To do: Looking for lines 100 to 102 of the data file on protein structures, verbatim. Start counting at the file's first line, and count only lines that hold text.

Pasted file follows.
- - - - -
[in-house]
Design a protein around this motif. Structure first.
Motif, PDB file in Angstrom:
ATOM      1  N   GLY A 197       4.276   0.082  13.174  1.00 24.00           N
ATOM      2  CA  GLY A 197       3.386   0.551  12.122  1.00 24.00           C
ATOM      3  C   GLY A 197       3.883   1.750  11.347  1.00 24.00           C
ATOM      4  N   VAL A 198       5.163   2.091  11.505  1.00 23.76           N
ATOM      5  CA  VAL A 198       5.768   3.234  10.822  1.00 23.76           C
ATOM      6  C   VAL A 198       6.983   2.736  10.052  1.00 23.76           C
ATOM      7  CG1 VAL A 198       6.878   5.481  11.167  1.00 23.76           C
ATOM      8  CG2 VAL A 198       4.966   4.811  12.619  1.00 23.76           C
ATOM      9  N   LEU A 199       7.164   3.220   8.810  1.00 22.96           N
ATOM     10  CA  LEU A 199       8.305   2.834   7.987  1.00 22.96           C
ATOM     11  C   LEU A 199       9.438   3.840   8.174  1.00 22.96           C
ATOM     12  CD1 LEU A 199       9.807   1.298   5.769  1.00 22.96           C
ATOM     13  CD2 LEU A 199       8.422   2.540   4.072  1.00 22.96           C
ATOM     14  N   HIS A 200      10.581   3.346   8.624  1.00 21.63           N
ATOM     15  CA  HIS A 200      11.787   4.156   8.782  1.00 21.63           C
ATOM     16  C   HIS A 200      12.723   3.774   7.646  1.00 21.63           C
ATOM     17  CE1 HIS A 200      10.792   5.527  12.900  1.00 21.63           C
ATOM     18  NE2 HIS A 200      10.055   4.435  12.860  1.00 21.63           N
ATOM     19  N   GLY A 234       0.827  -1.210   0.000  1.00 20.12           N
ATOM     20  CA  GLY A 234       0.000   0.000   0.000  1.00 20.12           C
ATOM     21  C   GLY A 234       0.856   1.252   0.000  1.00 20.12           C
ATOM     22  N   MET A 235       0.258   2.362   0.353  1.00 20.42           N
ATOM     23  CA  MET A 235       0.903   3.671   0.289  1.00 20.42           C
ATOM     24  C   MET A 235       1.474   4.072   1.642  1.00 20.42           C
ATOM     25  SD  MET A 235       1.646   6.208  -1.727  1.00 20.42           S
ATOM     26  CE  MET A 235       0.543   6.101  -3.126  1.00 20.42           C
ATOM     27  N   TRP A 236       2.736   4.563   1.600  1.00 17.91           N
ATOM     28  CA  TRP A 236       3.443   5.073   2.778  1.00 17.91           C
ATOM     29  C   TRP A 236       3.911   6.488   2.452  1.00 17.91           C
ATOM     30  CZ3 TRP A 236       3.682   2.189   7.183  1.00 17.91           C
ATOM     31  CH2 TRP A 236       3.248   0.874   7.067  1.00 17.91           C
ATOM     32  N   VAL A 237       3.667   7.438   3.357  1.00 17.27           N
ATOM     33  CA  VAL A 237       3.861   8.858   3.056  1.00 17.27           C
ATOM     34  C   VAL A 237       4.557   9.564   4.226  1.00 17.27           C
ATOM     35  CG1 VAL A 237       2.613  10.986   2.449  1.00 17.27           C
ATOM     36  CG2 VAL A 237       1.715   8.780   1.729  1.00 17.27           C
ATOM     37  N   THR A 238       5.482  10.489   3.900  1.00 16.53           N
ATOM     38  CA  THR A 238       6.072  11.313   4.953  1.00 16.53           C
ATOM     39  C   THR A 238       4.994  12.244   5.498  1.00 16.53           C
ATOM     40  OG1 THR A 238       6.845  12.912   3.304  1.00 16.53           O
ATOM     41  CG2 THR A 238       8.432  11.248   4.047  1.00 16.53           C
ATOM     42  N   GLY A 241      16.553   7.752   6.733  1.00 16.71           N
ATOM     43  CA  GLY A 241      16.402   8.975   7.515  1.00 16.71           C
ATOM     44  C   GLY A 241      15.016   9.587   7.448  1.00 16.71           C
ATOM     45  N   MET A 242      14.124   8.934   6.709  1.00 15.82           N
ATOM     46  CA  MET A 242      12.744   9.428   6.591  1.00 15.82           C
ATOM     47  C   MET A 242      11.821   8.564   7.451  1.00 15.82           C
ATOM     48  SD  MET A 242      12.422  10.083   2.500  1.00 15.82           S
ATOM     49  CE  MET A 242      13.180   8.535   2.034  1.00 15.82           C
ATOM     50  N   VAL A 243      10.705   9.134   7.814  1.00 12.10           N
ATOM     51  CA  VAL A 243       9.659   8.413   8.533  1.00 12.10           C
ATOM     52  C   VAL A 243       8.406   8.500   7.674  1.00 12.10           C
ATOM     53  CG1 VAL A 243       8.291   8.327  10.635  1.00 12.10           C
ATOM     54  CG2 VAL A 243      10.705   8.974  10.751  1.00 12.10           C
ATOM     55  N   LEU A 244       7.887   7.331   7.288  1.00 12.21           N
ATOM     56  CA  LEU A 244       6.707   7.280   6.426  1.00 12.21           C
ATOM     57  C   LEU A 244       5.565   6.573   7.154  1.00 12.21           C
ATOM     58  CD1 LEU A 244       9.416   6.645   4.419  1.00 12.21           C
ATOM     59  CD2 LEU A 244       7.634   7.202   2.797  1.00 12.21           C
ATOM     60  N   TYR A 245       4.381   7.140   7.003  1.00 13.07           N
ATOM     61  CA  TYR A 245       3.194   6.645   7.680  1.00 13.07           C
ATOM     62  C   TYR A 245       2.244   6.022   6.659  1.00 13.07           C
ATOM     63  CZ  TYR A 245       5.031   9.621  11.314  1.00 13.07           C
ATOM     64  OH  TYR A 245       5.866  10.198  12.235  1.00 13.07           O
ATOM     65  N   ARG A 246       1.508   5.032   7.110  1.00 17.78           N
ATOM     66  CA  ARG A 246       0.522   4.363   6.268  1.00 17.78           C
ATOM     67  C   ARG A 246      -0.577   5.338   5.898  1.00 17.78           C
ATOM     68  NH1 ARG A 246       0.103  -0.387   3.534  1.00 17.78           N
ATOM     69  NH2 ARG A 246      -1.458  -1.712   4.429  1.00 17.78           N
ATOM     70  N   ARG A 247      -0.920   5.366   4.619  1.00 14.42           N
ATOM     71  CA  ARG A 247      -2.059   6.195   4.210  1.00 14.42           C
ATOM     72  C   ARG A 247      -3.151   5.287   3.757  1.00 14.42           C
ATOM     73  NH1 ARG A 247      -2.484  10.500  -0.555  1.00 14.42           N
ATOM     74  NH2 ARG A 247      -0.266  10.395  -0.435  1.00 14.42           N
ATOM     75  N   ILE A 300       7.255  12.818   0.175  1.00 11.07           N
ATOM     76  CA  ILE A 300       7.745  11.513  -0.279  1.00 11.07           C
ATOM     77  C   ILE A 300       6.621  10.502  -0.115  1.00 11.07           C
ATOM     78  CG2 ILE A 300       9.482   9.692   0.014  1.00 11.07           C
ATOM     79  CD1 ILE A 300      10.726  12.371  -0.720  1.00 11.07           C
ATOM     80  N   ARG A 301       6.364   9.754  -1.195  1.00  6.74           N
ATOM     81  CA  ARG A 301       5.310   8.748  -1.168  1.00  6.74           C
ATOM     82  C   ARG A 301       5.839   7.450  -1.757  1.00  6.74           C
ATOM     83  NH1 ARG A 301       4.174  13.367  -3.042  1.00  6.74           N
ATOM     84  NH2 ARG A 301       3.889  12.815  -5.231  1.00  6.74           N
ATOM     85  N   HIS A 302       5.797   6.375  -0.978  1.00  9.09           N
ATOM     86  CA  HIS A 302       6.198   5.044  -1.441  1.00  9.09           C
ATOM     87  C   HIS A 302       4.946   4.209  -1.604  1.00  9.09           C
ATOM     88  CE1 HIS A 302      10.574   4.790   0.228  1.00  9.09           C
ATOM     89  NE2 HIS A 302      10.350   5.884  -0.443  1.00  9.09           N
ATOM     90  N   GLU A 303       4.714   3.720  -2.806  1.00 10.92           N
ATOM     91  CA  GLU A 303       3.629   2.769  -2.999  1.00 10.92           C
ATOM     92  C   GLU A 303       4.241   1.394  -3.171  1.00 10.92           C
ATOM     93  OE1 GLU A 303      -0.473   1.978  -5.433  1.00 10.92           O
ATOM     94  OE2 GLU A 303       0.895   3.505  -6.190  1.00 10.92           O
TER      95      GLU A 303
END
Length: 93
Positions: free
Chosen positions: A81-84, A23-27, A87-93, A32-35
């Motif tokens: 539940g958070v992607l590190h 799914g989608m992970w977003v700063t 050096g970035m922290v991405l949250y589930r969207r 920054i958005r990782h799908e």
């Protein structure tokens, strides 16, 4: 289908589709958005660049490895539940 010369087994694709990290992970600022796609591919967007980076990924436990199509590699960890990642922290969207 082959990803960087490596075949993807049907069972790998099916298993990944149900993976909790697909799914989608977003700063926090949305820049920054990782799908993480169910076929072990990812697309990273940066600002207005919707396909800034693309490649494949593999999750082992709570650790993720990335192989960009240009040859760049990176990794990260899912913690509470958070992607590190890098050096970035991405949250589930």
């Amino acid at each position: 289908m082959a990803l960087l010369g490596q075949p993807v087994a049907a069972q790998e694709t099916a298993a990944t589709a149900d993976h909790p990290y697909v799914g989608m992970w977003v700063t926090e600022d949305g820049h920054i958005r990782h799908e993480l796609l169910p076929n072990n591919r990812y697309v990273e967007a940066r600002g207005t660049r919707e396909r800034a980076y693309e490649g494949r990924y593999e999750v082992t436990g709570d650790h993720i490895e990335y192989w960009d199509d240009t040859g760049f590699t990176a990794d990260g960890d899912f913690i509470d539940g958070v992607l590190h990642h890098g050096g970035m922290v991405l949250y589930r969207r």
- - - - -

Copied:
Length: 93
Positions: free
Chosen positions: A81-84, A23-27, A87-93, A32-35